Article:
The journalism industry is an industry that has been significantly impacted by the digital economy; as a practicing journalist, I can state this, as first-hand I have seen how digitalisation has changed the industry and the roles within it.


When I was 18, I chose to undertake an undergraduate degree in journalism – I was looking primarily at print and magazine journalism courses. However, I was lucky because a practicing journalist took the time to speak to me, warning me against taking a magazine or print journalism course, instead, she suggested I look at multimedia journalism, which is what I did. All I can say is thank goodness for her insight, as without it I wouldn’t be where I am today. 


As well as being a full-time student, and running a small business of my own, I also work as a digital journalist and blogger – you can see my journalism portfolio here.


I’m too young to properly remember a time when journalism purely meant print, however, what I do know is that the rise of the internet empowered people and changed the journalism sector beyond recognition.


Media publications once acted as gatekeepers, deciding what was and what wasn’t ‘newsworthy’. However, the internet has meant that gatekeeping (in the UK) is a thing of the past, allowing anyone and everyone to share newsworthy content online, via blogs and social media platforms, as well as journalists sharing content via digital publications.


As a direct result of the digitalisation of journalism, a wide number of print publications have folded. The media environment used to be defined by broadcasting and newspapers, but today it’s defined by a digital and mobile platform-dominated environment – it’s said to be the most significant change since the creation of the printing press.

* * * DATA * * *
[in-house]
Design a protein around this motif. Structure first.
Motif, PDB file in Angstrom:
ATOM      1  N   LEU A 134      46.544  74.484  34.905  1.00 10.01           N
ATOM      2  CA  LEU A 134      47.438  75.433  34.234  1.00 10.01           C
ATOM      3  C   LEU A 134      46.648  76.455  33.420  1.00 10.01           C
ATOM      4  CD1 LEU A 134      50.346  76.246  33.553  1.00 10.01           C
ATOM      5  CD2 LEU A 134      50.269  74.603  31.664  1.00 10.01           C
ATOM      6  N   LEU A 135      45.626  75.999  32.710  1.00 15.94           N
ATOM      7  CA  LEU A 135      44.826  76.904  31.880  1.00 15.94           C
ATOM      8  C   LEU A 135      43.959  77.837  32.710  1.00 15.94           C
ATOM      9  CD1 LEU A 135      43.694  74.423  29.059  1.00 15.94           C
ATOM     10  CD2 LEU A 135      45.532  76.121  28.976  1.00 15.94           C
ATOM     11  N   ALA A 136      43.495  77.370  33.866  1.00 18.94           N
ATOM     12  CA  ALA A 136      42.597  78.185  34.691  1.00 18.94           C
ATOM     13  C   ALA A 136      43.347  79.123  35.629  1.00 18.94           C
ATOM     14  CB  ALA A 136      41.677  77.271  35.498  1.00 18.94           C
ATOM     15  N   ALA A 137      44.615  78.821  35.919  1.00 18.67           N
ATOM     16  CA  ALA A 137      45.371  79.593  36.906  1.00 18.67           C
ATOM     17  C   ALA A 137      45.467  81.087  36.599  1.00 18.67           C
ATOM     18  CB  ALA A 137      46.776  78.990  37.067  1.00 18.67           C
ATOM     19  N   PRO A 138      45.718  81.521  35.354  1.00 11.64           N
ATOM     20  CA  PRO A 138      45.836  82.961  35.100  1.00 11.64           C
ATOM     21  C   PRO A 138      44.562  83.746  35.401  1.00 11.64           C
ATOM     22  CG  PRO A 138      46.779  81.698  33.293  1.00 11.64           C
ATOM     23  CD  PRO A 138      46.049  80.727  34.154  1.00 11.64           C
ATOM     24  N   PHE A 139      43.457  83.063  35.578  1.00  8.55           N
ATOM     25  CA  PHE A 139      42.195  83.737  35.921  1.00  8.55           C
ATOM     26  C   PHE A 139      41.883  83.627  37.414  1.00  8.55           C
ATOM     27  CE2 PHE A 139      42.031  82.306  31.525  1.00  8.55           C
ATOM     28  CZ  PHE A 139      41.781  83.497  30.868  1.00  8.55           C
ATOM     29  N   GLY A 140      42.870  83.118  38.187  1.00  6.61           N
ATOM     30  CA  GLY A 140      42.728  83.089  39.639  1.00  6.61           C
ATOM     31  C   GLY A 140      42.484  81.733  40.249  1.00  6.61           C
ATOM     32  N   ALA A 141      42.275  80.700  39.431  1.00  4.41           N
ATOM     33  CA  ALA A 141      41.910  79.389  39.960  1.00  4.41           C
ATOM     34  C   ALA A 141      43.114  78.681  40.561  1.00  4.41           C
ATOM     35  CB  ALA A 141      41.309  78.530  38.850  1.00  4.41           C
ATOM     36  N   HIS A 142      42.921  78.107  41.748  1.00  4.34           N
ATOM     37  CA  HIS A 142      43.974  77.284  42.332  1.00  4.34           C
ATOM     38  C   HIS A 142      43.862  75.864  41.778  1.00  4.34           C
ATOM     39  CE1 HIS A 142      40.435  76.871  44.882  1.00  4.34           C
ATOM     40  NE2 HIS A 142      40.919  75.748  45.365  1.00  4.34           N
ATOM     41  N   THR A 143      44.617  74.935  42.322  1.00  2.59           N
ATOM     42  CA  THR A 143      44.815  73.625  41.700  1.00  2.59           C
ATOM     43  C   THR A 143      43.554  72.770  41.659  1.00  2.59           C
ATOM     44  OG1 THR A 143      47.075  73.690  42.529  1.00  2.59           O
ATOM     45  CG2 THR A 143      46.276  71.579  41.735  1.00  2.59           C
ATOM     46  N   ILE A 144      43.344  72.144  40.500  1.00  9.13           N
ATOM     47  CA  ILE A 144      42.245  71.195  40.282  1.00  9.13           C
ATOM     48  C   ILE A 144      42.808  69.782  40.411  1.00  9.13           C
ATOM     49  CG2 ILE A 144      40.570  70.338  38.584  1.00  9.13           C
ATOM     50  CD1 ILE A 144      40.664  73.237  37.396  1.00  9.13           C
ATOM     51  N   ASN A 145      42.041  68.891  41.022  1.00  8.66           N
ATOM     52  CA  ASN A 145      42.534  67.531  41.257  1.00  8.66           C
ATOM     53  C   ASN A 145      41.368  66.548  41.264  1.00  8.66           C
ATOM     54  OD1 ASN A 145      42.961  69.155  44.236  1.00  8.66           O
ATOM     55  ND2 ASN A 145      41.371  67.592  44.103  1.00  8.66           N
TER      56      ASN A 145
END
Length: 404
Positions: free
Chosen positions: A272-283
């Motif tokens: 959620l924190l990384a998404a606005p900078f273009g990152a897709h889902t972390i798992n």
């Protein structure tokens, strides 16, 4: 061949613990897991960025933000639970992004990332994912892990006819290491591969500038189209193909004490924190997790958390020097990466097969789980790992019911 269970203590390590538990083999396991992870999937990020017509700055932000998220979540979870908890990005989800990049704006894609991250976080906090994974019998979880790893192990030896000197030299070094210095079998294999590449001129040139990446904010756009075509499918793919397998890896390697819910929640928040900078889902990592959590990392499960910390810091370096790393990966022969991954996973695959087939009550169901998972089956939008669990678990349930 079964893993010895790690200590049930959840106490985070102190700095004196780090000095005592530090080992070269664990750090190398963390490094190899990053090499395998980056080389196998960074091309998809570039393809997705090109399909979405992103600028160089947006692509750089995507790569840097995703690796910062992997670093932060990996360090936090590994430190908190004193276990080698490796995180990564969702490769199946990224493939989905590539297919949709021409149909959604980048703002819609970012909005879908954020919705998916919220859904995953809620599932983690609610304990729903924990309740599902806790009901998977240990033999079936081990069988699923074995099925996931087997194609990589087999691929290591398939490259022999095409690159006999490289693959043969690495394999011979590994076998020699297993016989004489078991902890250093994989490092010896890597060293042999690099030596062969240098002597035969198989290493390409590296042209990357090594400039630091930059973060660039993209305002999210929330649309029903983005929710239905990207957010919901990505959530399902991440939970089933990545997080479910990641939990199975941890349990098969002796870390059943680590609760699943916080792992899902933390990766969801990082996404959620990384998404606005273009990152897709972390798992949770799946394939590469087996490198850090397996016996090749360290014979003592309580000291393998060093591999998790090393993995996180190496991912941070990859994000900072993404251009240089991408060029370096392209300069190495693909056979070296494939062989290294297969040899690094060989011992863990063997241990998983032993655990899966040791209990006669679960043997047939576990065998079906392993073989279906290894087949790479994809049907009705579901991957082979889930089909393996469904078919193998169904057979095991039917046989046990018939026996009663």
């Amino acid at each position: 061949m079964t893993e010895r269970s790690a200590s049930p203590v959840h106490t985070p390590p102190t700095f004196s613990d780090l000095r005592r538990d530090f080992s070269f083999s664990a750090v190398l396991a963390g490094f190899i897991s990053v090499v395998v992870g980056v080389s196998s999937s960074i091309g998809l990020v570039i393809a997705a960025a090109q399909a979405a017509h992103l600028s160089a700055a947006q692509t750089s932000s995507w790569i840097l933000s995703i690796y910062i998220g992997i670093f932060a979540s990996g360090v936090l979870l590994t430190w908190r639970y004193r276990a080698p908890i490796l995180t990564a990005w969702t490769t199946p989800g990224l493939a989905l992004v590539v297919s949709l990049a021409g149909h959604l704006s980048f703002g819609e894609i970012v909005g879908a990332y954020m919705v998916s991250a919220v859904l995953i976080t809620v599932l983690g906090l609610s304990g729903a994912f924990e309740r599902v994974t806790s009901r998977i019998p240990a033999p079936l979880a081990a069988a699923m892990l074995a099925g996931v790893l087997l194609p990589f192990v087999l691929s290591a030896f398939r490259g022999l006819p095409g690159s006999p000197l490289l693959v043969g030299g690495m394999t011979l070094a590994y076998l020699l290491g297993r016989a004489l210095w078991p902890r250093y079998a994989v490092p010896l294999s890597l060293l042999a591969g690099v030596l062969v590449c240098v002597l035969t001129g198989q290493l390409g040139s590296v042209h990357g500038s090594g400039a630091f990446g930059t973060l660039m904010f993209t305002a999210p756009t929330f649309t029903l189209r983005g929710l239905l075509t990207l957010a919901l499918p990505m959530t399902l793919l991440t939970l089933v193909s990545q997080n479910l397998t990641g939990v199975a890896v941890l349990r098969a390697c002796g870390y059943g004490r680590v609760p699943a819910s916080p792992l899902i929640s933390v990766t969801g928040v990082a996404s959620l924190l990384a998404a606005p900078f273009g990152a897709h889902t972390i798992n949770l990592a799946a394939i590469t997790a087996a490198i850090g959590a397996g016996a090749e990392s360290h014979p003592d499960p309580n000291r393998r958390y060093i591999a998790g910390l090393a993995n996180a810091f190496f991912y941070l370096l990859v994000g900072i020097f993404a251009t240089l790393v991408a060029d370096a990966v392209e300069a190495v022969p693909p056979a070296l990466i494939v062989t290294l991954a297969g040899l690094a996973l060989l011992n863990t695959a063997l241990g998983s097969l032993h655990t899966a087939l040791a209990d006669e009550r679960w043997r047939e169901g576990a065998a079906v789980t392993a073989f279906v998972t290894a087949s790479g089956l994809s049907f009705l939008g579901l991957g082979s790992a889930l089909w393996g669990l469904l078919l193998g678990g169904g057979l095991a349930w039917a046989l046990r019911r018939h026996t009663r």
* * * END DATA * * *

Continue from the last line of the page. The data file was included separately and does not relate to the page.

Of course, what it’s crucial to remember is that we are only three decades into this change – the industry is still evolving and adapting. The role of journalists has changed significantly as a result of the digital economy – anyone and everyone can create news – this has, understandably, put a lot of pressure on the industry and those working within it. Blogging is a key rival of journalism, simply because it gives power back to the people. Anyone can start a blog and share their thoughts and ideas – the news content shared seems, for many, more trustworthy than the content shared by media publications. 



While digitalisation of journalism has many advantages, such as that working in a freelance capacity, like I primarily do, is far easier, making a career in this industry attainable regardless of location, it’s still an evolving industry.


This week alone, thousands of journalists working for digital publications, Buzz Feed, Huffington Post and The Pool have lost their jobs. There is a growing concern within the industry that digital journalism cannot compete with other forms of news content creation, such as blogs, vlogs, and social media posts. There is a culture of fear growing, that is directly linked to the digital economy.


An increasing number of journalists are losing their jobs as various online publications are cutting down or closing their doors completely. Many journalists, including myself, are worried about a ‘mass extinction’ of the journalism industry occurring. People are worried that there is no profitable business model for digital journalism, and as a result, the journalism industry may die out.


It’s interesting because we live in a time where news consumption is extremely high, however how people are consuming that news is changing, and the digital economy – particularly social media – plays a significant role in that change.